By Joy Reo & Susan Edwards

The CounterAct Climate Change Project hosted an eye-opening and impressive program on “Protecting the Mystic River Watershed from Climate Change.” Thank you, Julie Wormser, MyRWA Deputy Director, and Erica Wood, MyRWA Communications and Outreach Manager for so generously giving your time and expertise! And, to our wonderful audience, thank you for your important questions and comments!

If you missed the live event, you must see the recording.Also, head to MyRWA’s web site to sign up for their e-news, find volunteer opportunities, donate, or learn more about this urban watershed organization.

We think you’ll agree that the Mystic River Watershed Association (MyRWA) is doing amazing work. In addition to addressing the issues of water quality and environmental preservation in the watershed, the MyRWA team documents and educates people about the negative impacts of climate change, researches solutions, and works with stakeholders from across 21 communities, paying special attention to the health, housing and livelihood of the watershed’s most vulnerable residents.​

What are some of the impacts of a volatile climate on this urban, coastal watershed? Here are a few: more dramatic flooding events due to sea level rise and high-intensity storms, threatening lives and livelihoods; adverse and dangerous water quality from stormwater run-off and sewerage contamination; and dangerous “heat islands” as a result of increasing temperatures coupled with dark urban pavement and rooftops.

We are all in this together. Our renowned Boston-area hospitals, universities, industries, culture, and unique natural environment are under threat. As Julie Wormser pointed out, “Boston needs to be prepared to accept climate refugees.” To plan for this future scenario, MyRWA’s work involves conversations about zoning and urban planning, with citizens as well as local and state officials, and sometimes federal agencies.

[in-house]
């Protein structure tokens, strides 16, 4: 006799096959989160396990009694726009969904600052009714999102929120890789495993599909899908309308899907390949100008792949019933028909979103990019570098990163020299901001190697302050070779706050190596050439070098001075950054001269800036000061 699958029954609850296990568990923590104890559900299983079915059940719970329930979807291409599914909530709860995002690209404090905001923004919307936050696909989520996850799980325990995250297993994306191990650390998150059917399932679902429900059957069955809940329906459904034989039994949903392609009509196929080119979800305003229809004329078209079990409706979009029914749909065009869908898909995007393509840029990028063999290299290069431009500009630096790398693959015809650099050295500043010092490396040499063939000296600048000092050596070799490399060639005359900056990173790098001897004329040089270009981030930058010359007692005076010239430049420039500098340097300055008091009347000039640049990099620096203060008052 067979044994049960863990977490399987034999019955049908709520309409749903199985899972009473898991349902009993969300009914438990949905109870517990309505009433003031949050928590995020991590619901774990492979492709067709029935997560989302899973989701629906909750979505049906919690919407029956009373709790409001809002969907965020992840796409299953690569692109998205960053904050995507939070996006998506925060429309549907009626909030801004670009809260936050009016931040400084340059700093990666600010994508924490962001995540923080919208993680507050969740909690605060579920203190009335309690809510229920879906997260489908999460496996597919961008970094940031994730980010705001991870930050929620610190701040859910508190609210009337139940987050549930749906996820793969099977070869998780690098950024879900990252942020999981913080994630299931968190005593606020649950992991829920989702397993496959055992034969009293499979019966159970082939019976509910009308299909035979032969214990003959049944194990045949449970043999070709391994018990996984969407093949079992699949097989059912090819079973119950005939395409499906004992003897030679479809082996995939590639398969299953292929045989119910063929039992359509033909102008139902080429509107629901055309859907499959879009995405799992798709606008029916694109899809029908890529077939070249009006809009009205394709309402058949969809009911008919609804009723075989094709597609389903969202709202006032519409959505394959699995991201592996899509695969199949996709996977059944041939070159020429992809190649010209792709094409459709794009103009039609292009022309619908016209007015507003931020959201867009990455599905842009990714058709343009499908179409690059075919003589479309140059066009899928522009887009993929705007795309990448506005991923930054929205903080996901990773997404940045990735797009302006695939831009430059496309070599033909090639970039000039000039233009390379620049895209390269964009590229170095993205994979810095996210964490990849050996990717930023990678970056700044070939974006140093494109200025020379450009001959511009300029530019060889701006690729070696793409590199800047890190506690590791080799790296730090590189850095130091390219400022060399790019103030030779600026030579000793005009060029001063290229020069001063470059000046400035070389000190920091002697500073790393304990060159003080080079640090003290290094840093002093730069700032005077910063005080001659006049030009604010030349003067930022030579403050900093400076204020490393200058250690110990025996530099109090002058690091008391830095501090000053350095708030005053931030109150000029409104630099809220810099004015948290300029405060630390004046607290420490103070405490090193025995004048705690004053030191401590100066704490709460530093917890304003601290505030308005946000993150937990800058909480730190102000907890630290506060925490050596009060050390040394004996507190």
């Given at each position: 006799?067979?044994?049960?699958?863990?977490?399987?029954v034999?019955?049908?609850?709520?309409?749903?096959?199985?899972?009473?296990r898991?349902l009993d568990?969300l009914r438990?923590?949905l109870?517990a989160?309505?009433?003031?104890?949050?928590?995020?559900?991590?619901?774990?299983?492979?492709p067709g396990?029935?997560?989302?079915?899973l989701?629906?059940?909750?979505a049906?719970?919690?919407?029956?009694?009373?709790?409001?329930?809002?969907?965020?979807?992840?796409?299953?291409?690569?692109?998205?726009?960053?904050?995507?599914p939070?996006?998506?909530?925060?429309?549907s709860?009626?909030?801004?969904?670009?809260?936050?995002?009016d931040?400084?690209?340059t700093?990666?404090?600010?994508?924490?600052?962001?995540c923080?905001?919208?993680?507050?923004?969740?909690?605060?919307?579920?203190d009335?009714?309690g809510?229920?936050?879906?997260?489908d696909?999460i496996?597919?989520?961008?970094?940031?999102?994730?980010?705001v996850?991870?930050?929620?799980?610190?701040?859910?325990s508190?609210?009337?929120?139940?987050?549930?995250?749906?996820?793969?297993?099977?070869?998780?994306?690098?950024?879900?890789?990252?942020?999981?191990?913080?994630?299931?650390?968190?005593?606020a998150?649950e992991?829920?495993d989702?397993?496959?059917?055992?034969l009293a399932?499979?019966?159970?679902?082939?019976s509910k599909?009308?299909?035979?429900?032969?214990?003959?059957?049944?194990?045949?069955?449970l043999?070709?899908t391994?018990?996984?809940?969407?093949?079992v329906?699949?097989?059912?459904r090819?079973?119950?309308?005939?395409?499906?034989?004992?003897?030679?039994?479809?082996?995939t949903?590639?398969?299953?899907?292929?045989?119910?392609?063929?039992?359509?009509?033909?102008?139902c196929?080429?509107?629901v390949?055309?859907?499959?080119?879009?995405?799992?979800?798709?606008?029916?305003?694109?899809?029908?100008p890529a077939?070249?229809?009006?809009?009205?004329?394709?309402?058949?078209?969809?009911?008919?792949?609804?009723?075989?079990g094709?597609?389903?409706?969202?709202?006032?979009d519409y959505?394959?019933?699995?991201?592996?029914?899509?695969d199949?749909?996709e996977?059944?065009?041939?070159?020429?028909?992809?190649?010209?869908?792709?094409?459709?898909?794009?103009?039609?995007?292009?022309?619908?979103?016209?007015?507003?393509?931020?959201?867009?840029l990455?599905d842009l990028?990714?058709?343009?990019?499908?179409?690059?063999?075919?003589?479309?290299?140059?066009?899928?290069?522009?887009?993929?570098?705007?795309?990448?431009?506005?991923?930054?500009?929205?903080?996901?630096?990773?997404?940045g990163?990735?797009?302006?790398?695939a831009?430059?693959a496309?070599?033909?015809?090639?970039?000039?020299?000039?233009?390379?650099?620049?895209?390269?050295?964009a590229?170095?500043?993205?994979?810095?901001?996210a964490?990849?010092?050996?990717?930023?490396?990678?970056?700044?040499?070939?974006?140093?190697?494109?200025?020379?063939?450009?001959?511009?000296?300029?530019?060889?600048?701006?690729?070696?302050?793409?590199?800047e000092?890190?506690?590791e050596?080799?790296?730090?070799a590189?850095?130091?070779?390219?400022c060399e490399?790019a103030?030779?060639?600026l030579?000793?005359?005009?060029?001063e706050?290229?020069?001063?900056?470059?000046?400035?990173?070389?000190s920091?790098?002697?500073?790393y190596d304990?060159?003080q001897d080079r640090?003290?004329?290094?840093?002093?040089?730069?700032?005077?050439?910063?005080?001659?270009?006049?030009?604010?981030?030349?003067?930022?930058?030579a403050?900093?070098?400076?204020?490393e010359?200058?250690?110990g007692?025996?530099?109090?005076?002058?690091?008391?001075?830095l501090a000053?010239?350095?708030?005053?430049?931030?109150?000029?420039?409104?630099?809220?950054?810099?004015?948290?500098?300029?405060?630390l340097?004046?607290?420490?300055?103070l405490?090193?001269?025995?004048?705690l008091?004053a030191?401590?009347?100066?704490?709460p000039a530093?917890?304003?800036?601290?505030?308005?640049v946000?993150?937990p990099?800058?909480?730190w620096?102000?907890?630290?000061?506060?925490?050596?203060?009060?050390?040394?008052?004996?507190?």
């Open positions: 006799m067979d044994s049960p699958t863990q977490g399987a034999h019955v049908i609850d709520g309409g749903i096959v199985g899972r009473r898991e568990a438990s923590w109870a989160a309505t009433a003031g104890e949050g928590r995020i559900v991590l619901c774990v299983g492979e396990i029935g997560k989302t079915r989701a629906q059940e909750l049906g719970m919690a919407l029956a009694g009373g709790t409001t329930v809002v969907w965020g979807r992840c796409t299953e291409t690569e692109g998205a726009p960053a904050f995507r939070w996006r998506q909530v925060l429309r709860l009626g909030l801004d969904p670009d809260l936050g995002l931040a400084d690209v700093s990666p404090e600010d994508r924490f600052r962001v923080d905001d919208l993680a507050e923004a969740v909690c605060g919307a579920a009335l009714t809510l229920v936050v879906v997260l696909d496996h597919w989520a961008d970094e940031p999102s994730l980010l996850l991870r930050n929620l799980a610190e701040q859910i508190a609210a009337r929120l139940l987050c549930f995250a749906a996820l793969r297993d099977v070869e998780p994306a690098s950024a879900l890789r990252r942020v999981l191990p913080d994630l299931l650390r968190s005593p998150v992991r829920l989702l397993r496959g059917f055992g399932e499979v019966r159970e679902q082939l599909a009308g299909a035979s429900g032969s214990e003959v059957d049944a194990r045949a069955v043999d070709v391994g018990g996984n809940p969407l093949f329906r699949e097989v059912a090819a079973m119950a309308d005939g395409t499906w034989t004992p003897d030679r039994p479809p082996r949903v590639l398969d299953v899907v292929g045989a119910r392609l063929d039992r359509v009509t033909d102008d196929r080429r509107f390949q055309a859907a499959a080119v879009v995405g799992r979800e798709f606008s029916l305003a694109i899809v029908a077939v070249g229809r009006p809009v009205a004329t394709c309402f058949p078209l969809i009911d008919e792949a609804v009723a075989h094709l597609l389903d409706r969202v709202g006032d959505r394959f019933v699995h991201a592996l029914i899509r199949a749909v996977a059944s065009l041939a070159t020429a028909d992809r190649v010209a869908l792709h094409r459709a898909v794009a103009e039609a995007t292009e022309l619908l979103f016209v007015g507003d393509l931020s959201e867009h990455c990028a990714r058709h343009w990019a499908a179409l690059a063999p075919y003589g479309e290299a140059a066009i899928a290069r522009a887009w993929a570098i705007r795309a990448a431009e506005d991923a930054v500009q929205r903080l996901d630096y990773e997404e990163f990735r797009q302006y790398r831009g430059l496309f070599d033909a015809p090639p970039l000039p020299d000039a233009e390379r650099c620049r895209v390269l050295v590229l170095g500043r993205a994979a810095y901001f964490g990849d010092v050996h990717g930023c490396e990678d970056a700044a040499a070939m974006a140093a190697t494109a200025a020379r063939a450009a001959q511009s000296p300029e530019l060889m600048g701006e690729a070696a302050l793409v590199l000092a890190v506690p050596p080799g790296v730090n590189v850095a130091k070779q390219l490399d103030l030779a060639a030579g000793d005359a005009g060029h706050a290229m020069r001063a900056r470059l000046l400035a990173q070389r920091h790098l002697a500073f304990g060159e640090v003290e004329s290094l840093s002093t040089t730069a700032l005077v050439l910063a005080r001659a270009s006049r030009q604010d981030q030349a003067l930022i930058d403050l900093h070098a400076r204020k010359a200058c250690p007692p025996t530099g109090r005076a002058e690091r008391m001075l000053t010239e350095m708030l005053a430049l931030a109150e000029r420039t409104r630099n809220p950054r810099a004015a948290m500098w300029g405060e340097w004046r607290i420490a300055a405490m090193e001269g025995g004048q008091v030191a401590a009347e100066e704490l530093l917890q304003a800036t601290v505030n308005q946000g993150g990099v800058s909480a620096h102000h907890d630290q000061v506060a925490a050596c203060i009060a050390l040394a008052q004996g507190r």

Two years ago, with generous support from the Barr Foundation, MyRWA launched the Resilient Mystic Collaborative. Within 18 months, the RMC grew to 19 communities covering 95 % of the watershed, and has raised over $1.7 million for regional climate resilience projects. Learn more here:

We encourage you to share our video far and wide. Think about sharing it with your town conservation commission, and local elected officials such as state representatives or town managers. And, of course, share it with a watershed association in your area!

Coming Soon!
Please save the dates for our upcoming programs in January and February!

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